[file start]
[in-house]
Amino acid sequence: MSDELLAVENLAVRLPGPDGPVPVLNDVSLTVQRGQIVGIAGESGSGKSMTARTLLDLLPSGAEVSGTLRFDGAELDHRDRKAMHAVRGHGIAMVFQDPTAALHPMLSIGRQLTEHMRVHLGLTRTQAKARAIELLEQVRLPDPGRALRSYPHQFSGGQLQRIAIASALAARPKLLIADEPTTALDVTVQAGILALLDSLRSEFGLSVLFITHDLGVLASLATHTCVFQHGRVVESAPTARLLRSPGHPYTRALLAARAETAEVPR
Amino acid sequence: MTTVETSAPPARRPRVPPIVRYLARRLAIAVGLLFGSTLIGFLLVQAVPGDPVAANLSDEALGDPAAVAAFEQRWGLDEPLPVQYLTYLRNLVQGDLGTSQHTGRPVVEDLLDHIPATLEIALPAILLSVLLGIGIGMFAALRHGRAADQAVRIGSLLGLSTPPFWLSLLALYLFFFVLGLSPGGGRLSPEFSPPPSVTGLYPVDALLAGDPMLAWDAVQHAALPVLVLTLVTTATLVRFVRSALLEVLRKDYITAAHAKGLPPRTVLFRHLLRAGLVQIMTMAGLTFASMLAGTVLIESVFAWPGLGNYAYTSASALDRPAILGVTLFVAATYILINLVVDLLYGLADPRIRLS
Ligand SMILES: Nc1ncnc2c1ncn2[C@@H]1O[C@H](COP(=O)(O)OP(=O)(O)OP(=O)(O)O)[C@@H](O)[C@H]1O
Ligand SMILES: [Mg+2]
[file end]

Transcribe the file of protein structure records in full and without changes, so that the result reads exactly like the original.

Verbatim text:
[in-house]
Amino acid sequence: MSDELLAVENLAVRLPGPDGPVPVLNDVSLTVQRGQIVGIAGESGSGKSMTARTLLDLLPSGAEVSGTLRFDGAELDHRDRKAMHAVRGHGIAMVFQDPTAALHPMLSIGRQLTEHMRVHLGLTRTQAKARAIELLEQVRLPDPGRALRSYPHQFSGGQLQRIAIASALAARPKLLIADEPTTALDVTVQAGILALLDSLRSEFGLSVLFITHDLGVLASLATHTCVFQHGRVVESAPTARLLRSPGHPYTRALLAARAETAEVPR
Amino acid sequence: MTTVETSAPPARRPRVPPIVRYLARRLAIAVGLLFGSTLIGFLLVQAVPGDPVAANLSDEALGDPAAVAAFEQRWGLDEPLPVQYLTYLRNLVQGDLGTSQHTGRPVVEDLLDHIPATLEIALPAILLSVLLGIGIGMFAALRHGRAADQAVRIGSLLGLSTPPFWLSLLALYLFFFVLGLSPGGGRLSPEFSPPPSVTGLYPVDALLAGDPMLAWDAVQHAALPVLVLTLVTTATLVRFVRSALLEVLRKDYITAAHAKGLPPRTVLFRHLLRAGLVQIMTMAGLTFASMLAGTVLIESVFAWPGLGNYAYTSASALDRPAILGVTLFVAATYILINLVVDLLYGLADPRIRLS
Ligand SMILES: Nc1ncnc2c1ncn2[C@@H]1O[C@H](COP(=O)(O)OP(=O)(O)OP(=O)(O)O)[C@@H](O)[C@H]1O
Ligand SMILES: [Mg+2]